“Of course!” she said in an interview with the Des Moines Register. “They’ve got class solidarity. The billionaires are looking out for each other. They’re willing to transcend differences and backgrounds and even politics.

“The fact that Bill Gates seems more willing to vote for Donald Trump than anyone else tells you everything you need to know about how far they’re willing to go to protect their excess, at the cost to everyday Americans.”

Sanders jumped in to joke that the two billionaires make for their own “strong grassroots movement.”

“Jeff Bezos, worth $150 billion, supporting Mike Bloomberg, whose worth only $50 billion, that’s real class solidarity,

Sanders said with a chuckle.

“I’m impressed by that grassroots movement.

We, on the other hand, have had over a million people contribute to our campaign, in millions of individual contributions averaging $16 a piece.

That’s what we get from working-class people. So a little bit different approach to politics.”

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Who are the 15 witnesses in the Trump impeachment inquiry

WASHINGTON – More than a dozen witnesses have been called before a trio of House committees and questioned for hours about President Donald Trump and Ukraine.

The witnesses include diplomats and White House officials with knowledge of Trump’s dealings with Ukraine.

Each has provided new details as part of the quickly moving impeachment inquiry examining whether Trump abused his power as president in asking Ukraine to investigate political foes while dangling military aid for the country and a White House meeting. Their testimonies combined span about 100 hours.

Trump impeachment inquiry

Several of these witnesses will appear next week when the first public impeachment hearings take place.

Here are the 15 witnesses who have been interviewed by the House Intelligence, Foreign Affairs and Oversight committees, why they matter in the impeachment saga and what we know about their testimony.

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Trump to attend Alabama-LSU game during Louisiana election. How he, other presidents, use sports for politics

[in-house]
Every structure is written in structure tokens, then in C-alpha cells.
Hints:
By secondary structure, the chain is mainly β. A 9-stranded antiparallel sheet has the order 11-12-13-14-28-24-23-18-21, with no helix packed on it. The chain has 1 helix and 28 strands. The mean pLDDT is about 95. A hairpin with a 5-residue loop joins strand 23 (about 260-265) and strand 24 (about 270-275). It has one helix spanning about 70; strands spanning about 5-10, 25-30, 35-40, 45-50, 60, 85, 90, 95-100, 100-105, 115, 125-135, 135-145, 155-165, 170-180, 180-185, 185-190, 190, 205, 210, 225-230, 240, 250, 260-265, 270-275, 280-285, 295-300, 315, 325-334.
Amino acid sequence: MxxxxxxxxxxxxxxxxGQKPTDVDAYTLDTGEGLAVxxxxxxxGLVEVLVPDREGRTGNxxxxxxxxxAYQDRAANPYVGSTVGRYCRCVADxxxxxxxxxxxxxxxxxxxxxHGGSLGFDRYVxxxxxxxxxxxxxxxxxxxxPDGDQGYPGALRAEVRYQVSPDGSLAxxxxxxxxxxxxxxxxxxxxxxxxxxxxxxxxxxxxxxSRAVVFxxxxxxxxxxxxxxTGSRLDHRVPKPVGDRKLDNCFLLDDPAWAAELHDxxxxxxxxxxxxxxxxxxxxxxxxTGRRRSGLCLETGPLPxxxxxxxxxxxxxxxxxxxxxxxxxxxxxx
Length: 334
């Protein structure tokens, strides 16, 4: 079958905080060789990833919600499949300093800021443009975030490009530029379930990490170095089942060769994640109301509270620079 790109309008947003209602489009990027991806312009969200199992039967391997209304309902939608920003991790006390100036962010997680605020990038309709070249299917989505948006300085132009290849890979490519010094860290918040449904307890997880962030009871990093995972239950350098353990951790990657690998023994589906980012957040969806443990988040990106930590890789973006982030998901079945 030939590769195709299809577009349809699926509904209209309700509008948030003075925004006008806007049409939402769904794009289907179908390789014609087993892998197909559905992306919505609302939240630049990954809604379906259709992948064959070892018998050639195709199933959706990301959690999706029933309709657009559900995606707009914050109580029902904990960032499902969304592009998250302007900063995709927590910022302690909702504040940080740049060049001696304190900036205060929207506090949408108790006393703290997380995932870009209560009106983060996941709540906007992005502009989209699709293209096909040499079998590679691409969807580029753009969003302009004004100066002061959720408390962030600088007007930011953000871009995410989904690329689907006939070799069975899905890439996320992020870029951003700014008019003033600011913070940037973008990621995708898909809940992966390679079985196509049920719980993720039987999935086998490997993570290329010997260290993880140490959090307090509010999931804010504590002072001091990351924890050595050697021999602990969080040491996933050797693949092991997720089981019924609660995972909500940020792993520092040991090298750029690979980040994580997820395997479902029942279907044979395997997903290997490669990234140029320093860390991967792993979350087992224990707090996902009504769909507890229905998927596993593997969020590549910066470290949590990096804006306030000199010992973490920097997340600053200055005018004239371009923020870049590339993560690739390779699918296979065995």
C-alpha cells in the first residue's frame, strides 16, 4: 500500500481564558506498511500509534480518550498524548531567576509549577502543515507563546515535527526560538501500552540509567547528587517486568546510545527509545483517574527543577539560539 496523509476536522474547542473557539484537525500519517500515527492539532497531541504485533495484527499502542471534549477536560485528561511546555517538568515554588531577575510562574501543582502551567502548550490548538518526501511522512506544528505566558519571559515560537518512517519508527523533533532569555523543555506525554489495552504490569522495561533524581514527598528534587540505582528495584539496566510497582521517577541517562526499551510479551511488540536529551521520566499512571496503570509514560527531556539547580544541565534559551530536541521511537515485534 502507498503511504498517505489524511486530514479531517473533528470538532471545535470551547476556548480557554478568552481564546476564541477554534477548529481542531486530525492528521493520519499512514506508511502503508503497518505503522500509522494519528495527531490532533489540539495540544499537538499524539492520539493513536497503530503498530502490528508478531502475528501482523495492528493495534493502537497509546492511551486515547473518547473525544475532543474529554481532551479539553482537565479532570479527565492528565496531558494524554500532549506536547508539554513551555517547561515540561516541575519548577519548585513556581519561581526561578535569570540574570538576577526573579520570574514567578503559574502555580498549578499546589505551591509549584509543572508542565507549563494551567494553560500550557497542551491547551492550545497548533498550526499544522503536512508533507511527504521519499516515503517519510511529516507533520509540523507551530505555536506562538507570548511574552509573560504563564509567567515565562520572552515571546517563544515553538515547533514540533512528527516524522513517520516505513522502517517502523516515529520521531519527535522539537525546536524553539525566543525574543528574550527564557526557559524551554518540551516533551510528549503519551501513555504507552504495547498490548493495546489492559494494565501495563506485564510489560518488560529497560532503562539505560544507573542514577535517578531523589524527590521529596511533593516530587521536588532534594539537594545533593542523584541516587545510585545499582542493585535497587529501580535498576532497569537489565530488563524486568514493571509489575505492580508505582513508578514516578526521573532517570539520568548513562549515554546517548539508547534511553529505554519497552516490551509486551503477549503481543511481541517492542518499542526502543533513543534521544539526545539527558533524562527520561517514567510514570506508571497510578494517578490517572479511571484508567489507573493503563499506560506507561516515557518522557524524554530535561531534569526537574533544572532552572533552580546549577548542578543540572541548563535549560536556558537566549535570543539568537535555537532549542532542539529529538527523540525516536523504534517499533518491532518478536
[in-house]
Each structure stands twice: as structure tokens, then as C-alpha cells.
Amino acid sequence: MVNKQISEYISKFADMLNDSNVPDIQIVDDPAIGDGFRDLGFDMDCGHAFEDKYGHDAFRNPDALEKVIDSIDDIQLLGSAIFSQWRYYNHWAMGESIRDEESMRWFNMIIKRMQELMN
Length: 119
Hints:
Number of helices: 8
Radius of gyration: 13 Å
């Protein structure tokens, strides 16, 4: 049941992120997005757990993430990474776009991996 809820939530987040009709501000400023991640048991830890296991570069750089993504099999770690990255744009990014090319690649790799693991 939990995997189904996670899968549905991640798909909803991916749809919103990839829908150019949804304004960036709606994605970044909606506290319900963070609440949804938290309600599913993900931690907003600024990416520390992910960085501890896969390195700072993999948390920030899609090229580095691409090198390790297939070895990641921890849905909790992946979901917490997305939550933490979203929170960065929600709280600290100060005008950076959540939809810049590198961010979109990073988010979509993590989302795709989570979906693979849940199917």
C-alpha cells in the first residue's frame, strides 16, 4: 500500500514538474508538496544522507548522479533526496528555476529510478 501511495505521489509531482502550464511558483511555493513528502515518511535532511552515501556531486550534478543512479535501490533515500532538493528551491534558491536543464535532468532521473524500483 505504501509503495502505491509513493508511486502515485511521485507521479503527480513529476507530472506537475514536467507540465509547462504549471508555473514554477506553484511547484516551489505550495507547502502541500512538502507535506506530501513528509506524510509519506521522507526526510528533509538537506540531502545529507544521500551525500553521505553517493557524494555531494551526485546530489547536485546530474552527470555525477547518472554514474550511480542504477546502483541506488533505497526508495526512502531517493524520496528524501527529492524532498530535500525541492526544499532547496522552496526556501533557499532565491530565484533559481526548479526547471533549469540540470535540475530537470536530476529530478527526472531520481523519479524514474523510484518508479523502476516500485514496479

WASHINGTON – A prominent politician shows up at a major sports event. Many in the crowd hoot and boo, some delivering shouted insults about his character. The politician just smiles and waves to the fans who are cheering.

That’s right: Bill Clinton at the Southern 500 stock car race in 1992.

And Donald Trump at the World Series just two weeks ago, not to mention a long line of other presidents who have mixed politics and sports.

Clinton, then a presidential candidate, laughed off the bombast he encountered that day at the track in Darlington, S.C., reminding reporters of his days as Arkansas governor: “I was booed at an Arkansas football game after I won two-thirds of the state.”

Trump to attend Alabama-LSU game during Louisiana election. How he, other presidents, use sports for politics

Trump’s response to his rough treatment at the baseball park: More sporting events.

After an appearance last weekend at an Ultimate Fighting Championship bout in New York City, where he heard cheers as well as scattered boos, Trump heads Saturday to Tuscaloosa, Alabama, for a big-time college football game between the Alabama Crimson Tide and the LSU Tigers.

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Mick Mulvaney asks to join lawsuit on congressional subpoena enforcement in Trump impeachment probe

WASHINGTON – In a Friday evening court filing, acting White House Chief of Staff Mick Mulvaney asked to join a lawsuit aiming to force federal courts to decide on whether White House officials have to testify in the impeachment inquiry of President Donald Trump.

Mulvaney, who witnesses have placed at the center of the Ukraine controversy, had been scheduled to testify in the impeachment inquiry on Friday morning, and was subpoenaed on Thursday, but defied the subpoena. His lawyer cited “absolute immunity” from testifying, a protection Democratic lawmakers have dismissed.

Kupperman defied a House subpoena on Monday while awaiting the decision because he worried any decision he makes “will inflict grave Constitutional injury on either the House or the President,” as stated in the lawsuit.

Mick Mulvaney

The lawsuit, had originally been filed on Oct. 25 by Charles Kupperman, a deputy to former National Security Adviser John Bolton.

Kupperman’s 17-page filing says that if he defies Trump, he could hurt the president’s ability to receive confidential advice from top aides. Trump, who called the inquiry a partisan “witch hunt,” vowed to fight all subpoenas.

Impeachment: House and White House agree that neither wants a federal judge to decide whether a witness must testify.

Kupperman ended up defying a House subpoena in October while awaiting the decision because he worried any decision he makes “will inflict grave Constitutional injury on either the House or the President,” as stated in the lawsuit.